October 26, 2018

Saudis Admit Murder Was Premeditated

Nearly three weeks after Saudi journalist Jamal Khashoggi’s disappearance, Saudi Arabian officials announced that his death was premeditated, after initially claiming that Khasshogi had left the consulate, and then stating that he had been killed in a fist fight.

AP News

Both sides point out that Saudi Arabia had a dismal human rights record even before this incident:

  • “MBS rounded up his family members and imprisoned them at the Riyadh Ritz-Carlton a year ago; apparently kidnapped the prime minister of Lebanon in a bungled scheme to cast suspicion on Iran; and pursued (with U.S. support) a proxy war against Iran in Yemen that has yielded what the United Nations deems ‘the world’s largest humanitarian crisis’... the American business and political Establishments’ highly public revulsion to the Khashoggi murder rings hollow, given the widespread public knowledge of the Kingdom of Saudi Arabia’s awful human-rights record.” New York Magazine
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From the Left

The left is critical of American businesses and politicians who continue their hand-wringing about the incident.

“Just as it takes a village to raise a child, so it takes a network of enablers to empower a tyrant. While domestically the Saudi government’s capital is fear, abroad it is cash and the influence it brings."

The Guardian

“For all the hasty cancellations from the so-called ‘Davos in the Desert,’ Silicon Valley is unlikely to totally cut the cord... Saudi Arabia has invested more than $6.2 billion in American tech companies [in the last decade]... Silicon Valley is so dependent on Saudi funding at this point that ‘if you remove the Saudis from the worldwide global network, everything collapses.’"

New York Magazine

Worth noting: “The international oil price is down about $9, from $85 just after Khashoggi’s murder to $76 on Tuesday... While Saudi political leaders produced fumbling explanations for the murder, the oil minister stepped forward... [and] promised another 300,000 barrel-per-day increase ‘soon’ and said the kingdom still had another 1 million barrels of spare capacity it could call upon...

“Trump has a weak hand. He knows that the Saudis’ influence over U.S. gasoline prices gives them leverage in U.S. elections. Until the voting is done, bet on this: The president will find it hard to get tough on his Saudi friends.”


Many argue that “for years, Saudi Arabia has gotten away with funding terrorism and extremism, suppressing the rights of its people and silencing its critics, often by killing them. These are all activities for which the United States rightfully punishes Iran. But it allows the Saudis to do the same things without reproach. It is time for that double standard to end."

Washington Post

“The goal of U.S. policy should be not merely to punish transgressions but to induce better foreign policy behavior...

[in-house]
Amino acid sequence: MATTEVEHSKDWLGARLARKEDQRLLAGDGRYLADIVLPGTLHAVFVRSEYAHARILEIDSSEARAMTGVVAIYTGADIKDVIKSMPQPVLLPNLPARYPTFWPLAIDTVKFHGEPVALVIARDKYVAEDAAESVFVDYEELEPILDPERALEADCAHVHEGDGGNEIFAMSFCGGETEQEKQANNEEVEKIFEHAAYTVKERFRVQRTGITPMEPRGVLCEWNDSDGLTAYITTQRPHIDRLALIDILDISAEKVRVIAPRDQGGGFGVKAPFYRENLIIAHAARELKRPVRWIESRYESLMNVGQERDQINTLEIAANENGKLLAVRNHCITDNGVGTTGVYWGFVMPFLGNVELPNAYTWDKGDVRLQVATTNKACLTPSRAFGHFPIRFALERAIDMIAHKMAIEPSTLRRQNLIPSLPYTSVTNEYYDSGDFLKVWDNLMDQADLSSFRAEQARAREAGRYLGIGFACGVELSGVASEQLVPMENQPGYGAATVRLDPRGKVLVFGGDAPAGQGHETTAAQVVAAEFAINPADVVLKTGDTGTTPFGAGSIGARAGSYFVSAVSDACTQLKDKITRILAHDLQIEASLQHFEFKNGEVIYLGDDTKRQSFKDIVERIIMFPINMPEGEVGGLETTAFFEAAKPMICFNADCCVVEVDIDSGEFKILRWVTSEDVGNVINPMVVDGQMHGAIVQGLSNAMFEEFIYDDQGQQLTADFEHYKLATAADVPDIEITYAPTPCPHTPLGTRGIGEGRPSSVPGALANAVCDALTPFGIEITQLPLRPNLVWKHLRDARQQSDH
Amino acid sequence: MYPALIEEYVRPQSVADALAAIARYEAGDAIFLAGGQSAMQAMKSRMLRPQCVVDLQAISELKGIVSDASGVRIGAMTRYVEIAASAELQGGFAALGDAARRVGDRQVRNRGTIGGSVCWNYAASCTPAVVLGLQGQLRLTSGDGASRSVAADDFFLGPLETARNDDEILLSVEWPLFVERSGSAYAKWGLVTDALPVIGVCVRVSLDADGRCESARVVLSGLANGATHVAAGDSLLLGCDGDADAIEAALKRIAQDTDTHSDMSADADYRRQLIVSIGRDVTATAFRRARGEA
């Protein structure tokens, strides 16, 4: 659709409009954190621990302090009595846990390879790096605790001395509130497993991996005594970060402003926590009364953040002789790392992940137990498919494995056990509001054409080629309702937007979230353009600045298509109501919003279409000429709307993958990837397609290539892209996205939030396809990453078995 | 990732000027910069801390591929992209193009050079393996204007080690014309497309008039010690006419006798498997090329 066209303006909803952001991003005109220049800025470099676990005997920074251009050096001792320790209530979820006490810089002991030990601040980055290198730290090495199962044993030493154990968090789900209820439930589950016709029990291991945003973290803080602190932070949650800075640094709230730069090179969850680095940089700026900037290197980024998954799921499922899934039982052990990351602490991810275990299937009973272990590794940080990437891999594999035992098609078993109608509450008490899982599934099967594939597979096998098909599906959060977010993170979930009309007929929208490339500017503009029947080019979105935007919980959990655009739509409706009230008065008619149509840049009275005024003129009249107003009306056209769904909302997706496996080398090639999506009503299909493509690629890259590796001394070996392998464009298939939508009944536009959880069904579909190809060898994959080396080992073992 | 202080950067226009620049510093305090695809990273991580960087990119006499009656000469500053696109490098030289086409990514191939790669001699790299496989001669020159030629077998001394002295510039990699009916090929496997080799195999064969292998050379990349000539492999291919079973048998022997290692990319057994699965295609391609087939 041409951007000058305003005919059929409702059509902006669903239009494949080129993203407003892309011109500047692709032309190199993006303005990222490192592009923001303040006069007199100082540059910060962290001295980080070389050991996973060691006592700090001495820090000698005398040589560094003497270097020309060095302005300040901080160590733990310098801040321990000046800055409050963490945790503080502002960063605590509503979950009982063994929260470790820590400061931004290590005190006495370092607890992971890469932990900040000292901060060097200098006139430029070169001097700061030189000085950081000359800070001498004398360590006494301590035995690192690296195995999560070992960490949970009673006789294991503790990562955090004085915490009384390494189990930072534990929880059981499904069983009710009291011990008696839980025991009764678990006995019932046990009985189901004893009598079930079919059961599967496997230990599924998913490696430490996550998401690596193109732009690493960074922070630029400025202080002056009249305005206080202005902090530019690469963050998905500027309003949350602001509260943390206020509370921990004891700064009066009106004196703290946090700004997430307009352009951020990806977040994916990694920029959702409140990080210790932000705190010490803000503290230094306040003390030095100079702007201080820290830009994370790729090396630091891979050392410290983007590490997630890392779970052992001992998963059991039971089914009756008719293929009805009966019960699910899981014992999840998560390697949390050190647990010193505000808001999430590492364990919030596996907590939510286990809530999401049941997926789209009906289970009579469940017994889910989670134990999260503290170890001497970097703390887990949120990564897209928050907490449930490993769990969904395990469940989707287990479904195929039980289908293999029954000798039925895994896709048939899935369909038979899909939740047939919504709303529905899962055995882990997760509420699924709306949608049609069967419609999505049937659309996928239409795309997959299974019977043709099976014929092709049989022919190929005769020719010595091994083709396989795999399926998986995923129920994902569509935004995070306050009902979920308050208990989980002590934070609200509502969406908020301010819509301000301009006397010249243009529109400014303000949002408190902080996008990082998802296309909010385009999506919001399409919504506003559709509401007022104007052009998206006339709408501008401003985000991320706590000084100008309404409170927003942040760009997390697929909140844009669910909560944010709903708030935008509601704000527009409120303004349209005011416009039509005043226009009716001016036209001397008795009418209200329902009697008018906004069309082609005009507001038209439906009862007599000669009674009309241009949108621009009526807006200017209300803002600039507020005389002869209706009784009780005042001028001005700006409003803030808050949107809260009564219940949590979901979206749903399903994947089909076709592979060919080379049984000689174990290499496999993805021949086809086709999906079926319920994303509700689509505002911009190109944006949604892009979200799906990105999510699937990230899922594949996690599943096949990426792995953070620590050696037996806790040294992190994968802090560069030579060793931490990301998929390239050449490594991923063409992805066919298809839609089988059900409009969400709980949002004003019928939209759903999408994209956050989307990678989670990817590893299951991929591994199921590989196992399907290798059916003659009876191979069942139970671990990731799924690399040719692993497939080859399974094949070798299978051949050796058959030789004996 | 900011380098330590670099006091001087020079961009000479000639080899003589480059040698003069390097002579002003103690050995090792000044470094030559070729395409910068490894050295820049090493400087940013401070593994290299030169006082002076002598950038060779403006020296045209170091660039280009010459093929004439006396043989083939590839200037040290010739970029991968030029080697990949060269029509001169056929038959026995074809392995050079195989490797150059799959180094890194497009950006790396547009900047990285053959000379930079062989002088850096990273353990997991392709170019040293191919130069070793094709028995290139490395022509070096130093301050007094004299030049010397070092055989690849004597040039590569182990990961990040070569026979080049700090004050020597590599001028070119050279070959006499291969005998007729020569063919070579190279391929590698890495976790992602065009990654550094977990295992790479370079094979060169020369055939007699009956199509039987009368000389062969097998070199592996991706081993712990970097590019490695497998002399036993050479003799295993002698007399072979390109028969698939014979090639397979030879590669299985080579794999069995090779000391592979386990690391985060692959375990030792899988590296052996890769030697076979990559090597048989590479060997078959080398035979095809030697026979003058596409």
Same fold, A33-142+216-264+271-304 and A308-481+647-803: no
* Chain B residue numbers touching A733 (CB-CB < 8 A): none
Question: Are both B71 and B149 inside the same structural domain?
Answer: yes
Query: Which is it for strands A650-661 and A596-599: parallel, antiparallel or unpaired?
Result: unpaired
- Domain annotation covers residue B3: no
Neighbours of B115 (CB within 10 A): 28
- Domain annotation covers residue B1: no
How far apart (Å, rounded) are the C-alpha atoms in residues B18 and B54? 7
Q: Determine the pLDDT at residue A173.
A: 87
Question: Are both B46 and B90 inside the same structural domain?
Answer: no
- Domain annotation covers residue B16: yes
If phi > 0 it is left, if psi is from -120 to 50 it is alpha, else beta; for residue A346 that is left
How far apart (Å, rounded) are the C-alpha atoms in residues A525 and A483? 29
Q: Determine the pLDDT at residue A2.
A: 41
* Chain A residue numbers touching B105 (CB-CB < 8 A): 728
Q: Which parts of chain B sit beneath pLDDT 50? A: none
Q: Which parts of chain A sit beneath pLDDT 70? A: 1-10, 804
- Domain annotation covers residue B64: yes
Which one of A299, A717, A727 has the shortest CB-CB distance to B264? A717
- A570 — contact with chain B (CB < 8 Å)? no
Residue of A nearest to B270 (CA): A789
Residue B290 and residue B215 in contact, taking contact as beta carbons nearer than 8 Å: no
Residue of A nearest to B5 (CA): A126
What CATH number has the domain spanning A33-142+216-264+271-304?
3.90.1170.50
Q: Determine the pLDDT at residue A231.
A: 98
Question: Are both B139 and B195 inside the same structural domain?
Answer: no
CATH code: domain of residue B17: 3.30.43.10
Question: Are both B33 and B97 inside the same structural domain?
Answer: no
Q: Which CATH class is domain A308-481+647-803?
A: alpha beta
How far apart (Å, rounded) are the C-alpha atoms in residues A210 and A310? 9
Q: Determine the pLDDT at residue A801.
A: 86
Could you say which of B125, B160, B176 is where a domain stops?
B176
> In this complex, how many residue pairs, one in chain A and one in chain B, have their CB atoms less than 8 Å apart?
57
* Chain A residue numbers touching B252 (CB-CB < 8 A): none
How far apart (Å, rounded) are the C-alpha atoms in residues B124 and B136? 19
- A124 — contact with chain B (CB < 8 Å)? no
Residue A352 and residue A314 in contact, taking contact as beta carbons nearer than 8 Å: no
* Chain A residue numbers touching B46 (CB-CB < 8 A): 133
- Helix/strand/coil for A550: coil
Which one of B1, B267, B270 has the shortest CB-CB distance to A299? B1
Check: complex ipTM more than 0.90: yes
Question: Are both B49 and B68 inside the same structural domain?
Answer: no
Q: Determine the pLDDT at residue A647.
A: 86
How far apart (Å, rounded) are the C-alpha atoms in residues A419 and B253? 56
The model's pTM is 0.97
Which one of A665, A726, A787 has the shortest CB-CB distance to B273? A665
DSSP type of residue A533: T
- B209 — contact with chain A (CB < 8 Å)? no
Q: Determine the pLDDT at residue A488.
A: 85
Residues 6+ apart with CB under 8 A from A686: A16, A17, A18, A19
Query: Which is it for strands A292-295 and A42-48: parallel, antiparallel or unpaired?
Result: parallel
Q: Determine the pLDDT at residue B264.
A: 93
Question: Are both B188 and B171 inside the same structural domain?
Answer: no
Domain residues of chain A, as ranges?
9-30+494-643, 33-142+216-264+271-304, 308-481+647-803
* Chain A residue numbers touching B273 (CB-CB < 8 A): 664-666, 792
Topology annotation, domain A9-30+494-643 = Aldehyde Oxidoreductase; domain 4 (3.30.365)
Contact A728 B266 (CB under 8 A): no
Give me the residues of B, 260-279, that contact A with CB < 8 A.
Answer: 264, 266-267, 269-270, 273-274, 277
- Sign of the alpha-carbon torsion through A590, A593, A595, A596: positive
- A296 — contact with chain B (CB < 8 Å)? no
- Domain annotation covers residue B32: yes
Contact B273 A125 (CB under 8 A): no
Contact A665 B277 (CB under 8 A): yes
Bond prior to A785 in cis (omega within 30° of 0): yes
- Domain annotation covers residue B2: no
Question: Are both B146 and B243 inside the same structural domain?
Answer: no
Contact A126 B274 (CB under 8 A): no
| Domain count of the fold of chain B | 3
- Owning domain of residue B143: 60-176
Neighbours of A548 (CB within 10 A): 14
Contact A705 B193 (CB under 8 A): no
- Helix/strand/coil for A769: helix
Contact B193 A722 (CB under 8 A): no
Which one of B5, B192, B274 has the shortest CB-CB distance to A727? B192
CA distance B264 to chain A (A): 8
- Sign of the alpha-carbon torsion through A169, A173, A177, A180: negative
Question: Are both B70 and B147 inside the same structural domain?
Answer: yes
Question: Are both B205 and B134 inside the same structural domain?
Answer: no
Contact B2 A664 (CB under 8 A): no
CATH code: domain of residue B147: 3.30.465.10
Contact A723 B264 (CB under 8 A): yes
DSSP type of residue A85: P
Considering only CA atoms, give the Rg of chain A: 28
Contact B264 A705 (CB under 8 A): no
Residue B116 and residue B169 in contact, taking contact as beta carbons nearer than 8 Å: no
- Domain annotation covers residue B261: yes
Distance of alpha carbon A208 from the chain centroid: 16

“[In addition to] applying sanctions... Congress and the Trump administration should condition weapons sales on concrete steps by Riyadh to end the disastrous war in Yemen. They should push hard for a repair of the Gulf rupture... Above all, Washington should telegraph that a continued strategic partnership with Saudi Arabia is possible and desirable—but only if Riyadh acts more responsibly and with far greater principle.”

The Atlantic

Regarding the Cadillac tax, “high-premium employer-based plans raise the cost of health care for everyone by encouraging the overconsumption of expensive services. This means that even Medicare and Medicaid face higher prices. Quite aside from its benefits for the health-care market, the Cadillac tax would also have the effect of expanding the tax base and making the tax code more efficient. It would raise revenues by about $15 billion a year… Rather than killing or delaying the Cadillac tax, Democrats should be trying to make it operational. The tax would raise revenue, lower costs, increase the efficiency of the tax code and give the Obamacare individual market its best chance at success.”
Karl W. Smith, Bloomberg

“The two issues with which he is most often associated, support for a balanced budget and opposition to free trade, put him at odds with both of our major political parties. An old-fashioned, soft-spoken Southerner, he nevertheless held views on so-called ‘social issues’ that would be to the left of the mainstream of the Republican Party, both then and now. He was a fervent supporter of the Vietnam POW/MIA movement in the late '80s and early '90s, but he was not in any sense a hawk. Never mind 2003. Perot opposed the first war in Iraq in 1990… Perot's death should be mourned by all Americans who regret the fact that it is no longer possible to make reasoned, non-ideological arguments about questions of public import, and by the devolution of our political life into mindless partisan squabbling.”
Matthew Walther, The Week

From the Right

The right believes the Saudis must face consequences for the killing, but generally does not favor stopping arms sales or similar measures.

From the Right